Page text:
I could imagine that it works the same way with Radio 21 / Rockland Radio, where they not only broadcast one program as two different stations, but also give their own location and MHz information on each frequency. Just think that, analogous to the BLR principle you have described, all Radio 21 local versions from Garbsen or all Rockland local versions from Mainz will go out centrally as a complete production and only be distributed from there to the corresponding frequencies or streams. A "nationwide" Radio 21 or Rockland as a fall-back level is not needed and, to my knowledge, does not exist. The average listener then has the impression that he is listening to a "real" local station or Rockland listeners are wondering why Olli Peral or Anette Radüg suddenly changed the station on their North Sea vacation. As I said: the technology can now do it!
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Double post, wanted to edit, sry.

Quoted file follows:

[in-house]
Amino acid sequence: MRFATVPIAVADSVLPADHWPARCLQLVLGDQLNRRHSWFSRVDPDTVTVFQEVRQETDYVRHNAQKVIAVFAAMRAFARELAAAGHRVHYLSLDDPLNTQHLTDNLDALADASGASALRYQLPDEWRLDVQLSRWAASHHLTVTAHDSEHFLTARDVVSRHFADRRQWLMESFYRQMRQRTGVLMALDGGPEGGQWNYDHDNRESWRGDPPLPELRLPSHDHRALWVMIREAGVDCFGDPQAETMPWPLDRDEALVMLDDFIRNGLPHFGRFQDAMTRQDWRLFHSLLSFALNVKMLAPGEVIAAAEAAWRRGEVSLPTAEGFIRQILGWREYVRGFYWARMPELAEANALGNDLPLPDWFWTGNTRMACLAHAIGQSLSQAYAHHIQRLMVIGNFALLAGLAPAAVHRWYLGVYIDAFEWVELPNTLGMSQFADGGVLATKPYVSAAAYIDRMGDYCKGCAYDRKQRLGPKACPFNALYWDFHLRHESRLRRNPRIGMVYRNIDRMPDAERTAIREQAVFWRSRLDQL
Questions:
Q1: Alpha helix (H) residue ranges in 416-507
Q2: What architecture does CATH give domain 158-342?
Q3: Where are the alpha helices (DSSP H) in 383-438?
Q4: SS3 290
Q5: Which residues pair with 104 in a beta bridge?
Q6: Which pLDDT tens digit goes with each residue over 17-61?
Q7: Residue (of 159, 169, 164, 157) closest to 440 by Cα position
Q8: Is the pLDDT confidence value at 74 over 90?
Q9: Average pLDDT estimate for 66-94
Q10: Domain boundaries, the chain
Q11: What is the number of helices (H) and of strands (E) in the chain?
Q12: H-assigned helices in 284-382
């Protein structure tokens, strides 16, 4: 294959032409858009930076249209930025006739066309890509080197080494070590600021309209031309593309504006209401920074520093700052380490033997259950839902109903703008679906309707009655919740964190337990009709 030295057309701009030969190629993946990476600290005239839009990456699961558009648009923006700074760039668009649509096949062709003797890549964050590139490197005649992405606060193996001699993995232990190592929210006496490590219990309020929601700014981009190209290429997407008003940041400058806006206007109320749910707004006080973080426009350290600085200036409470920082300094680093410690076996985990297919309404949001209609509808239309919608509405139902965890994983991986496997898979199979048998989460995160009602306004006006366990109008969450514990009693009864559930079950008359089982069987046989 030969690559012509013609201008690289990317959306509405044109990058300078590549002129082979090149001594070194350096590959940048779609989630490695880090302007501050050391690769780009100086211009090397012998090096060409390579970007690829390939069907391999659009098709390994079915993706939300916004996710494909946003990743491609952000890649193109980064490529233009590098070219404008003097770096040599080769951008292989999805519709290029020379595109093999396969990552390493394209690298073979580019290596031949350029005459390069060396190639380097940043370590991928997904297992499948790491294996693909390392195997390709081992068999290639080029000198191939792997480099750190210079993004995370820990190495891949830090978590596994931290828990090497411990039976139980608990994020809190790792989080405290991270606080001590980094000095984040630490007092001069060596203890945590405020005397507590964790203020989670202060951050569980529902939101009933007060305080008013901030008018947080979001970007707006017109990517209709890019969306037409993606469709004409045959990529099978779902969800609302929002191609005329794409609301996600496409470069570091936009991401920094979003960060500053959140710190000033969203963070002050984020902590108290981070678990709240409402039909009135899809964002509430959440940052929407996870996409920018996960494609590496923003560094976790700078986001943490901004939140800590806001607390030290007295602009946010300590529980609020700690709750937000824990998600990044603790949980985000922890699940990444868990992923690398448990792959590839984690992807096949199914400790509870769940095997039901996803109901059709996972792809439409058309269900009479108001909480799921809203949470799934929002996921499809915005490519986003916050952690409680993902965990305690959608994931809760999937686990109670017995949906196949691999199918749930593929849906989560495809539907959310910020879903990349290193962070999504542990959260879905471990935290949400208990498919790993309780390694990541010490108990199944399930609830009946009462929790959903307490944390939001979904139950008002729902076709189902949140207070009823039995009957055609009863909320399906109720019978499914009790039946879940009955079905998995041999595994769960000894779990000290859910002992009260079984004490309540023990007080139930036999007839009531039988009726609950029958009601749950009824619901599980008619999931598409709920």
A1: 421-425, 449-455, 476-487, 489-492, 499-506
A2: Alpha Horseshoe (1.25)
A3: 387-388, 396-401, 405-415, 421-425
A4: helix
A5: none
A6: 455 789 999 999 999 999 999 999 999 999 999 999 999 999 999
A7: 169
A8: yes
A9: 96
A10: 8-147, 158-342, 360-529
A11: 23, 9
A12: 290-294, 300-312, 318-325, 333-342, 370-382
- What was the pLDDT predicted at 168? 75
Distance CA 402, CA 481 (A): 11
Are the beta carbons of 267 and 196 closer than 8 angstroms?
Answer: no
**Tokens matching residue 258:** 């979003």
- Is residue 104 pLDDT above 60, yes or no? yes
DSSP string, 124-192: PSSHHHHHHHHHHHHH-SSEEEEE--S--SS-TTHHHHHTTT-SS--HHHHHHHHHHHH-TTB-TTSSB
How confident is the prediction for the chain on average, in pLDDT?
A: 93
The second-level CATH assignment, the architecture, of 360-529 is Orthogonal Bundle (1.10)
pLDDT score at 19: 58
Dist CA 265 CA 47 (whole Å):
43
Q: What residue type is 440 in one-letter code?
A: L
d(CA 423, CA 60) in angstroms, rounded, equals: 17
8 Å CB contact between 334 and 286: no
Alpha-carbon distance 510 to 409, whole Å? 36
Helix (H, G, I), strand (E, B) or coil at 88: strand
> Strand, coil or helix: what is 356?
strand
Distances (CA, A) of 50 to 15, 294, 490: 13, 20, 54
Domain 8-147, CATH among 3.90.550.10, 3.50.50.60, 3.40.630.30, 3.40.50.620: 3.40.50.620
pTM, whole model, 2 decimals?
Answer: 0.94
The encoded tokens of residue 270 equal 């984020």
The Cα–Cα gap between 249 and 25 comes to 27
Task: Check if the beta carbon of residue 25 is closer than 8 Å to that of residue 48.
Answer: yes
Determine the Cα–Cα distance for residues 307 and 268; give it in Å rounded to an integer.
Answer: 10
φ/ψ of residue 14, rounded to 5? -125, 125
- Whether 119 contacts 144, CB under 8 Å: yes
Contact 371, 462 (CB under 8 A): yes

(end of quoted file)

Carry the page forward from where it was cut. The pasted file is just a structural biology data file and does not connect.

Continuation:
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With the sentence "It's 10 o'clock and THREE minutes" (it's always three, by the way, even if the news is two or four minutes long * G *) the moderator in the local broadcasting studio, who almost fell asleep with boredom, knows that he's the BLR controller pushes back down and drives his own weather or the traffic and has to talk again. The rest of the broadcast hour is completely in the hands of the local moderator.

No, the announcement of the time after the news is no longer the case!